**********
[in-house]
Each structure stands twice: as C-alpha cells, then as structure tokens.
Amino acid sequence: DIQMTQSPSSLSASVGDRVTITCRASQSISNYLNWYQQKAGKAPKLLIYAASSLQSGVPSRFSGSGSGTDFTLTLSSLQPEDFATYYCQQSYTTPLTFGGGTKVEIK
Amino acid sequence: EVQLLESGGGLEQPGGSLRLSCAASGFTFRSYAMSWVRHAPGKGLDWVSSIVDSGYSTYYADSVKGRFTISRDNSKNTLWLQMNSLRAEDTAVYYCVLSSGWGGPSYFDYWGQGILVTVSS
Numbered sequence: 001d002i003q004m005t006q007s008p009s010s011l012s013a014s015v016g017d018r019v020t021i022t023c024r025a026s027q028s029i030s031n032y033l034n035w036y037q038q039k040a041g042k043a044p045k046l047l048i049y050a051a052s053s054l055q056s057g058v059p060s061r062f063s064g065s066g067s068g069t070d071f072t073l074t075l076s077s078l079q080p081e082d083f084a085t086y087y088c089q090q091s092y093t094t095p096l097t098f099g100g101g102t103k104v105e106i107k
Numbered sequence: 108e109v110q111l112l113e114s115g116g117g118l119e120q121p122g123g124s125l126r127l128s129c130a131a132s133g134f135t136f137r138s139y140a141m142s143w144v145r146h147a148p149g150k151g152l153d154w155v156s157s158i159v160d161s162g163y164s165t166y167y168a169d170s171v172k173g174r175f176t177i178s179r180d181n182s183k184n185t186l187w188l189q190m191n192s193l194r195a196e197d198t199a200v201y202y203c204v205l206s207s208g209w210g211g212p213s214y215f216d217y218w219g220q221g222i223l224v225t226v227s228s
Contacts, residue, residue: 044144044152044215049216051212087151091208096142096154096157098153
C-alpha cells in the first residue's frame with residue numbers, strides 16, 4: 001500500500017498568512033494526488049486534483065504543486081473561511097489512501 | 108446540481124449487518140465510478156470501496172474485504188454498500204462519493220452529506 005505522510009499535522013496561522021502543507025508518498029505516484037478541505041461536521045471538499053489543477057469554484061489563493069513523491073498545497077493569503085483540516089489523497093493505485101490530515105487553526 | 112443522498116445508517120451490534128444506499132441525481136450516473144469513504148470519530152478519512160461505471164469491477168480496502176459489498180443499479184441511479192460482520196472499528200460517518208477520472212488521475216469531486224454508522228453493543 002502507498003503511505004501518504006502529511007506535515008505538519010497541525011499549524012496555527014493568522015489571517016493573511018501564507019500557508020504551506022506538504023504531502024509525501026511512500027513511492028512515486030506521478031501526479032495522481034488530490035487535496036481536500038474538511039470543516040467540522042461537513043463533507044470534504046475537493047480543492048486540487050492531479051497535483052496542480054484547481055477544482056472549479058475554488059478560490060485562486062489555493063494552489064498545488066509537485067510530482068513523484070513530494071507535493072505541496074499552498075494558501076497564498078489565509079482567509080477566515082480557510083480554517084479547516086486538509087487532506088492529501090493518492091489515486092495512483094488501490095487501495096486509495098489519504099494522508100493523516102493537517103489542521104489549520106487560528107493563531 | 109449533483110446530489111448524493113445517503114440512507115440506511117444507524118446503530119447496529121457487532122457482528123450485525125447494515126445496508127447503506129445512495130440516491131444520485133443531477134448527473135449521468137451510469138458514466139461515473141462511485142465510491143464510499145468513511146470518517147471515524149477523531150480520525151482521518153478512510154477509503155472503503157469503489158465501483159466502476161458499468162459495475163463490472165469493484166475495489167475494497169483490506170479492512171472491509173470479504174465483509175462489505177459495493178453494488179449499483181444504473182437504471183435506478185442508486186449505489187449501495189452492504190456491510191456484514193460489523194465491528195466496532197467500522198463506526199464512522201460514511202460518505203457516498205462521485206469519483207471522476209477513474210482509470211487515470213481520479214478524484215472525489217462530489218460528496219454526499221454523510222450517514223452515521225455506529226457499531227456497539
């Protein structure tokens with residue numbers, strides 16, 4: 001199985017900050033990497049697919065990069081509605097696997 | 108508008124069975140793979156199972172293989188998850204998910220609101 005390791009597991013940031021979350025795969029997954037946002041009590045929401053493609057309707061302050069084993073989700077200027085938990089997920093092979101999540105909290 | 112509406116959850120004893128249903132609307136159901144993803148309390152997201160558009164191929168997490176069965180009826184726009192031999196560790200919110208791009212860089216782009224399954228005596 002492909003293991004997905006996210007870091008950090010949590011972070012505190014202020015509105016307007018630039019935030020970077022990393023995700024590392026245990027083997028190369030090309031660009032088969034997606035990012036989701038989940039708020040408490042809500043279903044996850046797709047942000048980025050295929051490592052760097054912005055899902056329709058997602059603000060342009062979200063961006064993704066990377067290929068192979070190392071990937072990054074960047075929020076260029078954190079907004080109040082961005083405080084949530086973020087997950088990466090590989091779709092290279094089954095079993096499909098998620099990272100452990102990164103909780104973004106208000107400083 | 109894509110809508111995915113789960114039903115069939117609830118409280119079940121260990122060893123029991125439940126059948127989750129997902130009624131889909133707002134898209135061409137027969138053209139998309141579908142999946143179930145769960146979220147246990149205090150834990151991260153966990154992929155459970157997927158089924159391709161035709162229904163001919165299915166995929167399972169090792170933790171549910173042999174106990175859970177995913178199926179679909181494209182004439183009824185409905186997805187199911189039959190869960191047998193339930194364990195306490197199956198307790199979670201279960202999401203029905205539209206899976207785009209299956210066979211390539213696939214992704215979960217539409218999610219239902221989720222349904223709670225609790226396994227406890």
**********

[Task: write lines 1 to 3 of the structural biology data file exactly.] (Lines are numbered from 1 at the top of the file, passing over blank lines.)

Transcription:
[in-house]
Each structure stands twice: as C-alpha cells, then as structure tokens.
Amino acid sequence: DIQMTQSPSSLSASVGDRVTITCRASQSISNYLNWYQQKAGKAPKLLIYAASSLQSGVPSRFSGSGSGTDFTLTLSSLQPEDFATYYCQQSYTTPLTFGGGTKVEIK